Playing a game in the drive is one area I have a problem with. As soon as I start a game the 360's incredibly loud fan kicks in. It actually drowns out the sound from my TV. But that is a minor annoyance, the sound fades into the background after a while. Games run smooth, with no problems. The controllers are responsive and are comfortable even after using for hours at a time. The hard drive is efficient and relatively quiet. I hear it every once in a while, but it's not as distracting as the fan is. As far as graphics performance goes, Mass Effect looks really good, but that's more to the credit of the developer and not the hardware. I can't compare the graphics to my PS3 because I don't have the same title for both consoles, and honestly, I really don't care. I'll get a game based on the story and gameplay, not necessarily graphics.

I think that covers just about everything. As you just read, I think the 360 is a good console with a lot of potential. It does have one or two...quirks, but nothing that will keep me from playing it. I've played through Mass Effect and I plan on picking up the first Halo game this month. If I'm going to start with the Xbox, I might as well start from the best and the beginning. One of these days I'll have to pick-up the wireless adapter so I can get a dedicated connection for Live. Eventually, I'll see you all online.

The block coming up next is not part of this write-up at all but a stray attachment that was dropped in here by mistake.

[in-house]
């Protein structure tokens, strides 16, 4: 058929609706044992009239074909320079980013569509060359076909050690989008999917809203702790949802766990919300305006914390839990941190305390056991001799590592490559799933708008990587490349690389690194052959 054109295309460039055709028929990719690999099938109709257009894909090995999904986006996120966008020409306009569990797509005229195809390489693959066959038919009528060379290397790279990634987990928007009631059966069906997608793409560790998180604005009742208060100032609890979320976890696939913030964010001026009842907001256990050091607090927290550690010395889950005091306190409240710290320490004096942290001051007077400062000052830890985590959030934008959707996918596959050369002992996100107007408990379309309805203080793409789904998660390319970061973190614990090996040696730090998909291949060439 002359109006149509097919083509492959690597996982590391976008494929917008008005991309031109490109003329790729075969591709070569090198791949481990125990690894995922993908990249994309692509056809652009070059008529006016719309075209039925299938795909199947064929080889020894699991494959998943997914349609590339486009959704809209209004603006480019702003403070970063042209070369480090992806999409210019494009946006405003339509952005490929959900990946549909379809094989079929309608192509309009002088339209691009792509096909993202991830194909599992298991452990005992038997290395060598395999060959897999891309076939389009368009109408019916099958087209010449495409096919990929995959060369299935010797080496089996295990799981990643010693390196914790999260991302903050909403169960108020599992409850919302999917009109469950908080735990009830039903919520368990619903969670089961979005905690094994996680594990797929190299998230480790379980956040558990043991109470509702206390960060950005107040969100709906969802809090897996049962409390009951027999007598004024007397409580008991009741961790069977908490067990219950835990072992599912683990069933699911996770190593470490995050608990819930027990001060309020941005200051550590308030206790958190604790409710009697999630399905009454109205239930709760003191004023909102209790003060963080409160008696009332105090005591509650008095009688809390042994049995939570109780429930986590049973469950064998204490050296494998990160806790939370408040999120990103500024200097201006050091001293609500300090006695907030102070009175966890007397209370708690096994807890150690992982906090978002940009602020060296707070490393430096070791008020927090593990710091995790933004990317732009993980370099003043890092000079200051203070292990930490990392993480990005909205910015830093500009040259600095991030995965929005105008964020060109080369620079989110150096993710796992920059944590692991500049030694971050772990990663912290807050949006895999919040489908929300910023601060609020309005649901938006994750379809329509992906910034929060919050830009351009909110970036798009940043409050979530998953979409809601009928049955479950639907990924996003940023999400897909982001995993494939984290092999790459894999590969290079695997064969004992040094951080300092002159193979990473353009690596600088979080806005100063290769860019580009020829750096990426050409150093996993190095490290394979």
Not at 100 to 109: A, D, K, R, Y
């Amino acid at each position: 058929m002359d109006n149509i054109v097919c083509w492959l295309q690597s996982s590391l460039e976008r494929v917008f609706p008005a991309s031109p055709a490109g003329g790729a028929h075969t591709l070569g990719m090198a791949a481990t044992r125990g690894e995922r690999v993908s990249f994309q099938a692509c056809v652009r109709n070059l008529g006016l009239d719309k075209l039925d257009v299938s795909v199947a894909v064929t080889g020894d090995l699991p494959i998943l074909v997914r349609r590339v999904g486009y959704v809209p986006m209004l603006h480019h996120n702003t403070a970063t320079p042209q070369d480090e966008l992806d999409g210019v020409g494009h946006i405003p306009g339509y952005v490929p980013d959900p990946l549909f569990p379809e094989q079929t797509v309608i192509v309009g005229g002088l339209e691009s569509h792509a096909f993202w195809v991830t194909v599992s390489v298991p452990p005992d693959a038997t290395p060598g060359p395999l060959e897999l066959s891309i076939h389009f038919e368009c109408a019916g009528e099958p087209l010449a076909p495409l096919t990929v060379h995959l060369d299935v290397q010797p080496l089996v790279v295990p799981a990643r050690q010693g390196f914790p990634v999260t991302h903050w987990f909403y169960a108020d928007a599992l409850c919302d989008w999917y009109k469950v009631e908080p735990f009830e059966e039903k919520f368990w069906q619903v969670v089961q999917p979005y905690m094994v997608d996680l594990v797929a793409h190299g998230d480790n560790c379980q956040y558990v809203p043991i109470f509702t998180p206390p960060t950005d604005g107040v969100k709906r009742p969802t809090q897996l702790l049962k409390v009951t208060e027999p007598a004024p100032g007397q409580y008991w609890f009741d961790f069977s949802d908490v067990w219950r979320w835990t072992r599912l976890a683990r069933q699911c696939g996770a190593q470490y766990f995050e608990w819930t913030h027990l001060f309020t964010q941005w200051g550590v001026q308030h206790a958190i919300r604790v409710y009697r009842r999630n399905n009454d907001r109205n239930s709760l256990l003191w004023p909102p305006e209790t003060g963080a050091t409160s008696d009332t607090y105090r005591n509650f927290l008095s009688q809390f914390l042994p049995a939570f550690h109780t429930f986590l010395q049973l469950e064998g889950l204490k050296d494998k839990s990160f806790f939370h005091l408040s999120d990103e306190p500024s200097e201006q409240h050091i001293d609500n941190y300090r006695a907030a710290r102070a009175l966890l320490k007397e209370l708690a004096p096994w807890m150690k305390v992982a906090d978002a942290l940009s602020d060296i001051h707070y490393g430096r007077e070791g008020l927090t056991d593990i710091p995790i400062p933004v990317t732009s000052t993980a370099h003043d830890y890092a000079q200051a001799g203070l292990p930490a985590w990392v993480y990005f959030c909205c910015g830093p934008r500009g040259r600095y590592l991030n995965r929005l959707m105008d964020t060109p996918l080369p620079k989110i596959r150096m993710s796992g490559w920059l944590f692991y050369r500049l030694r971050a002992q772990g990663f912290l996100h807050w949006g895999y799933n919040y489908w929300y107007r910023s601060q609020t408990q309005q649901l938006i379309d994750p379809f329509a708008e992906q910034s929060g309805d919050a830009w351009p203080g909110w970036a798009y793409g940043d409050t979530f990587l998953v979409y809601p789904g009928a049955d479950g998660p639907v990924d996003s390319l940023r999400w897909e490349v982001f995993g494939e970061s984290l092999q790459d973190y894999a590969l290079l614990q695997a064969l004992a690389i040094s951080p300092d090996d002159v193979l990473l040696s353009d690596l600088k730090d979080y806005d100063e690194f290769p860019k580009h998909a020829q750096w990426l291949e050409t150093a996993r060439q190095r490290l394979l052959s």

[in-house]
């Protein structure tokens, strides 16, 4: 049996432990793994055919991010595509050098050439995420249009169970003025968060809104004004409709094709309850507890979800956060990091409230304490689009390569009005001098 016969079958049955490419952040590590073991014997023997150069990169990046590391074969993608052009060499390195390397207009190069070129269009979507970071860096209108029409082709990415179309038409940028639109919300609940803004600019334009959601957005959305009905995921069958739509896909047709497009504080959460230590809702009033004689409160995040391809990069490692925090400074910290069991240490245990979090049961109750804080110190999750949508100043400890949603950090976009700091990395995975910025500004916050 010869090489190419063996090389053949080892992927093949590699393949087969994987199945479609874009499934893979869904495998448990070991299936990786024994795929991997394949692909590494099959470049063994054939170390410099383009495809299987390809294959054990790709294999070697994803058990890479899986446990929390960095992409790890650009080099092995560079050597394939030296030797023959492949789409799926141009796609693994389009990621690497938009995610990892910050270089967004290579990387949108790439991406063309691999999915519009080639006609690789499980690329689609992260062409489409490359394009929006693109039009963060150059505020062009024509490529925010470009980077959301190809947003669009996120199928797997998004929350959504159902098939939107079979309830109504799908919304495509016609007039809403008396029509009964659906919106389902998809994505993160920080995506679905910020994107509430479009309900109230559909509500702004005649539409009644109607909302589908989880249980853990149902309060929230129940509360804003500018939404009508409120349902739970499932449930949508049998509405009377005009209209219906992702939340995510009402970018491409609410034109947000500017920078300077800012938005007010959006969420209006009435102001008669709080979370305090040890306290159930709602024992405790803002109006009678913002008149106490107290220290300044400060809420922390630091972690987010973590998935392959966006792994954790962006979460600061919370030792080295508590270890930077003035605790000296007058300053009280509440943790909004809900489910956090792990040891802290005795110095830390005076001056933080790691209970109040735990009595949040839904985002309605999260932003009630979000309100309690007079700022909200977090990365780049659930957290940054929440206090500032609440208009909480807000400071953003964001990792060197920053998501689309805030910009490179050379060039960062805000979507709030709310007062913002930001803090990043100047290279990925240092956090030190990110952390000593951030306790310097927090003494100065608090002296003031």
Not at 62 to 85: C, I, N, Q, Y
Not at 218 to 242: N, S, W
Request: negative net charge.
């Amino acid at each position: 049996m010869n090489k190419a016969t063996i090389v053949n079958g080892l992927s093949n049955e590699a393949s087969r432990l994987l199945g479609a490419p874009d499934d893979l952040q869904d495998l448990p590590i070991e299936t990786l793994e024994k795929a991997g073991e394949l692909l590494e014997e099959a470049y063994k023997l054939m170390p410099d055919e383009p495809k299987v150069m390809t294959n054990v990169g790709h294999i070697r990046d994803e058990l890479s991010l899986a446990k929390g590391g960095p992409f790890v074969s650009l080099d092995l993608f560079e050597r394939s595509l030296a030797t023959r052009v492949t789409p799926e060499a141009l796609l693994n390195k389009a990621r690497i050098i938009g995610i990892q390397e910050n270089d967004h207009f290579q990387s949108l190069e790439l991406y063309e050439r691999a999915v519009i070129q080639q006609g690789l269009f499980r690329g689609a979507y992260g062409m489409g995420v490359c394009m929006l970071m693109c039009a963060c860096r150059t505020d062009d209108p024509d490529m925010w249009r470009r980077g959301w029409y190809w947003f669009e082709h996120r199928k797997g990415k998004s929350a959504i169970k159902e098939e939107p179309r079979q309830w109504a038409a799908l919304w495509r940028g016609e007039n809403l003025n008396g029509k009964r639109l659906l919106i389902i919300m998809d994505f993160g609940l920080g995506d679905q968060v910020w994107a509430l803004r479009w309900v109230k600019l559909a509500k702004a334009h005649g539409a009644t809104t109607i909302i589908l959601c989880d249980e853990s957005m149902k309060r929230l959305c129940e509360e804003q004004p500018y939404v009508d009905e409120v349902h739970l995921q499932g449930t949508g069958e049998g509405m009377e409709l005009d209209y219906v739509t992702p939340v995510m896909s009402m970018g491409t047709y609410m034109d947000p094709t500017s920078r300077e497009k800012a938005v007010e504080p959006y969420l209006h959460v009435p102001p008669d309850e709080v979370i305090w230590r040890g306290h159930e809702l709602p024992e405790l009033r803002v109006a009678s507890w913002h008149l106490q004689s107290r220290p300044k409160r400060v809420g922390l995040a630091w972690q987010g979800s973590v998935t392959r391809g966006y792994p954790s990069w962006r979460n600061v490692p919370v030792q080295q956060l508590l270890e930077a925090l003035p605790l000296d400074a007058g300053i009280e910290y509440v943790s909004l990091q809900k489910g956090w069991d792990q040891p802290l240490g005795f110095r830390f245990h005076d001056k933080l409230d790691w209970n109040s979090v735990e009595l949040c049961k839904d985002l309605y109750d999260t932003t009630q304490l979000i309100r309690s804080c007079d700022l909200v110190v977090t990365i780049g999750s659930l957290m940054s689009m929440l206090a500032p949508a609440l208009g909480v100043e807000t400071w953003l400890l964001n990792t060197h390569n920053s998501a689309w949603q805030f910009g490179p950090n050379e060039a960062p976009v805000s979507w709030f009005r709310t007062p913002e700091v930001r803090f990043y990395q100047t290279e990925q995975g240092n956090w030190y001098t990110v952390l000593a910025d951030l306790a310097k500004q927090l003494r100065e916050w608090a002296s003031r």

I know the old saying about ignorance and bliss. I get the meaning behind it, too. The logic is that if you don't know about something then it can't effect you. For normal everyday events that may be OK. As far as gaming goes, happiness doesn't come from not knowing about games. Happiness comes from playing the games**.

Here's the reason why I say gaming bliss comes from knowledge. As you all know I recently purchased an Xbox 360. That alone opens a whole world of gaming that I just can't get with a PS3. Now I get the opportunity to play games like Mass Effect, the Halo series, the Gears series, the upcoming Too Human, and many other interesting games. There's one other side to Xbox gaming that I never actually considered before. As I looked back through some of the original Xbox titles a few of them caught my eye. Sure, Halo and Fable were up there on my radar, but then I noticed Doom 3 and Serious Sam II. For typical console gamers those games may not mean much, but for PC gamers, they are well known. And that's what caught my attention.

Now here's where ignorance, my ignorance, really kicks in. I had no idea that there were so many PC titles available for the Xbox. Now, I've never been much of a PC gamer, I got my first computer in 2006, but that never stopped me from having an interest in all types of games. As a kid I used to go into the neighborhood bookstore (that's where they sold PC games when I was a kid) and see the games they had there. I don't remember a lot of the titles of the games they sold back then, but I do remember that they looked a hell of a lot better then my Atari 2600 and NES games did. My family never had enough money to get me a computer back in those days, even though they wanted to, I still kept abreast of advances in computers.